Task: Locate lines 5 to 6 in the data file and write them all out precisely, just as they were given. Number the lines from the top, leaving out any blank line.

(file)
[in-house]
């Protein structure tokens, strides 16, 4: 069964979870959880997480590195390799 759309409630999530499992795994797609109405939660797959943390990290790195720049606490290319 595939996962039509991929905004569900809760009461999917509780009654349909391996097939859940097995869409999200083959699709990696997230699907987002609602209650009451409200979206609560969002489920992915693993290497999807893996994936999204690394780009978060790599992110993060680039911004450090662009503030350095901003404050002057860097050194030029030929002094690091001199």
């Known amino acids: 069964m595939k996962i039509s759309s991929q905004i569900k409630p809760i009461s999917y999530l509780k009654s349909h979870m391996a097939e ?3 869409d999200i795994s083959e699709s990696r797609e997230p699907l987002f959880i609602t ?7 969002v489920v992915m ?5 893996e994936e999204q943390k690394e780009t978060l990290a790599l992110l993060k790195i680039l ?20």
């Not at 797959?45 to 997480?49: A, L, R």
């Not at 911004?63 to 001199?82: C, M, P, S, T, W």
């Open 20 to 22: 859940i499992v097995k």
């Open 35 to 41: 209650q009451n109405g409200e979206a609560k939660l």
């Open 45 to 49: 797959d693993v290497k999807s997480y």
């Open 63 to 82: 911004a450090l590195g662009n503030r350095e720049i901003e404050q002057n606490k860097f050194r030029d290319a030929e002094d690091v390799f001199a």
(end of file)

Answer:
């Not at 911004?63 to 001199?82: C, M, P, S, T, W």
């Open 20 to 22: 859940i499992v097995k």